Nobody wants to read a novel on a powerpoint slide. Heck, nobody even wants to read novels anymore. We live in an age of TikToks and Tweets, so your pitch deck needs as few words as possible.
PRO TIP: If you’re struggling to explain something complex without lots of words, consider using pictures instead. After all, a picture is worth a thousand words.
We’ve come a long way from the days of our main font choices being Courier, Times New Roman, or Ariel. However, despite the thousands of fonts readily available, most slide decks use whatever generic font is default for the software. Why? Experiment with your font and find something that evokes the brand and attitude of the company you’re pitching.
PRO TIP: Line spacing is just as important as font choice. You don’t want your beautiful fonts appearing in squished-together paragraphs.
Until relatively recently in human history, paper was expensive. As a result, people filled every corner of their pages, wrote on the backs of old scraps of paper, and generally didn’t discard something that could be written on until the final bit of space had been used. But times have changed, and space on a page isn’t nearly as precious as it used to be, so don’t worry about filling all the empty space on your slides. Instead, let your content breathe.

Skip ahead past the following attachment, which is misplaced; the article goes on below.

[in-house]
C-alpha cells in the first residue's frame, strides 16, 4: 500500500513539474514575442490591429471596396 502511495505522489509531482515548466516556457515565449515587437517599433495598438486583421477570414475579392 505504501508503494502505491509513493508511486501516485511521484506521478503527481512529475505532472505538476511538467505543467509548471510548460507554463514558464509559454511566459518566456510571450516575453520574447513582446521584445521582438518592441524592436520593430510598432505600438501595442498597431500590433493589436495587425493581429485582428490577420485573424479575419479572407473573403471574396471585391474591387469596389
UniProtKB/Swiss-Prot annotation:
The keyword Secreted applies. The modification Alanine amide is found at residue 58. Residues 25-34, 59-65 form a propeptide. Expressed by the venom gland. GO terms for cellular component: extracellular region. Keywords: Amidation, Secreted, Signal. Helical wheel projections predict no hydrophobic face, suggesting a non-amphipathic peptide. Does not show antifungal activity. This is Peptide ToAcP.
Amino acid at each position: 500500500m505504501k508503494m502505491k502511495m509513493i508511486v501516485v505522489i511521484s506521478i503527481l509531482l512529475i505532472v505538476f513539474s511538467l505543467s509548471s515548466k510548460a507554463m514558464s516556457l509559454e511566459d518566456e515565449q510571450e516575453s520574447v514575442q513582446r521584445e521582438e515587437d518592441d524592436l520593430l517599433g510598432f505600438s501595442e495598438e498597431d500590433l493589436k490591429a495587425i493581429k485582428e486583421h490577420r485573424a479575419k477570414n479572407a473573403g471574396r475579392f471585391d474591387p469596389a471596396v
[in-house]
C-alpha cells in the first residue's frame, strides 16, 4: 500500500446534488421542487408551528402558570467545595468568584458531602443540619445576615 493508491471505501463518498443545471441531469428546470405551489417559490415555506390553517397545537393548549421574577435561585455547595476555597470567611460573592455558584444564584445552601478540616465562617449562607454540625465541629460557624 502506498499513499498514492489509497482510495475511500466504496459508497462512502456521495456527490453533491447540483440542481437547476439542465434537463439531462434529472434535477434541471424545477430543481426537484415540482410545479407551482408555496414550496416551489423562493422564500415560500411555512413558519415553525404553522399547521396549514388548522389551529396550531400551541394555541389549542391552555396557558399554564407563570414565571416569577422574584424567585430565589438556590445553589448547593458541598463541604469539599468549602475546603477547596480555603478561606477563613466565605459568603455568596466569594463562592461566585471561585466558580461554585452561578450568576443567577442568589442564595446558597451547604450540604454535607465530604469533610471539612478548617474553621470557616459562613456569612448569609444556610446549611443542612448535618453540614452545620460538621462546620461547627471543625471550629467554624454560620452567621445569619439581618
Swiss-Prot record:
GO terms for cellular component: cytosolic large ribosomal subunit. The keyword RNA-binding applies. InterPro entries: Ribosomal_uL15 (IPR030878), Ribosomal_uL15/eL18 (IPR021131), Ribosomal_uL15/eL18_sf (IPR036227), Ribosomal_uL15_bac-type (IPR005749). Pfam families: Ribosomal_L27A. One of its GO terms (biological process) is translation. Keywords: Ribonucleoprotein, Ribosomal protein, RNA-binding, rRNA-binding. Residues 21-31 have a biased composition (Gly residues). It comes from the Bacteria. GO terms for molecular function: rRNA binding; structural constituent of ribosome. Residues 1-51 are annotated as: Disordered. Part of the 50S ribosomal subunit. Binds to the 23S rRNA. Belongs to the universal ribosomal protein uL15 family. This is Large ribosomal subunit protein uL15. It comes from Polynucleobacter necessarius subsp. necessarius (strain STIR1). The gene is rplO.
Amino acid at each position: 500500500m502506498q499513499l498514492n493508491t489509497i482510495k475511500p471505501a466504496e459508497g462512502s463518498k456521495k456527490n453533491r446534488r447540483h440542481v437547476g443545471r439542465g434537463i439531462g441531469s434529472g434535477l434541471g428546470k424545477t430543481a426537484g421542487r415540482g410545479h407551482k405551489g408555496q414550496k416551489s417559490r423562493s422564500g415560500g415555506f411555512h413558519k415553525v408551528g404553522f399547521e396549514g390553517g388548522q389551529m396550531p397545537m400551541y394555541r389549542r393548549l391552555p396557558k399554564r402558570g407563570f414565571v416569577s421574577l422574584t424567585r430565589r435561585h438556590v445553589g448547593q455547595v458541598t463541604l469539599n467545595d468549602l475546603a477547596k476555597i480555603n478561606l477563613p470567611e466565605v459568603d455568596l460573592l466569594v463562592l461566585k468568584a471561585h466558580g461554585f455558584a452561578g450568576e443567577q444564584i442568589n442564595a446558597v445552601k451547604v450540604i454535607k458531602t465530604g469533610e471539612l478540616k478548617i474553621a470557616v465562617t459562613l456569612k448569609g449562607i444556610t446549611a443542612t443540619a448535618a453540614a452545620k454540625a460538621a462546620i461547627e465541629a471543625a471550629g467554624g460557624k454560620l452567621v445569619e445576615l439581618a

PRO TIP: In general, it’s better to make things slightly smaller — fonts, images, graphs — and leave a bit of whitespace than fill things to the edges.
While I’m on the subject of space, the virtual space of a slide deck is infinite, and your deck can include as many slides as you want. To be clear, I don’t mean your deck should be as long as possible. Instead, I mean you can spread content and ideas across multiple slides instead of cramming everything together. For example, rather than placing all the items of a list on a single slide, create a new slide for each item in your list and surround it with lots of wonderful whitespace.
PRO TIP: When you have lots of slides, you can flip through them in the background of your pitch almost like it’s a movie or flip book playing behind you as you talk. I do this often with my slides. I’ll use as many as 70 slides for a 10 minute pitch. Audiences love it. They feel more like they’re watching a movie than a pitch.
Harsh transitions make things feel less finished. For example, the metal edges on the insides of cheap wristwatches are 90-degree angles where the metal was cut by machines. In contrast, the most expensive mechanical watches — watches worth hundreds of thousands, or even millions of dollars — have soft, smooth edges smoothed by hand. The same is true for your slide deck. When you flip between slides, add a subtle fade animation. Your audience will hardly notice the difference, but the slides will feel more polished and refined.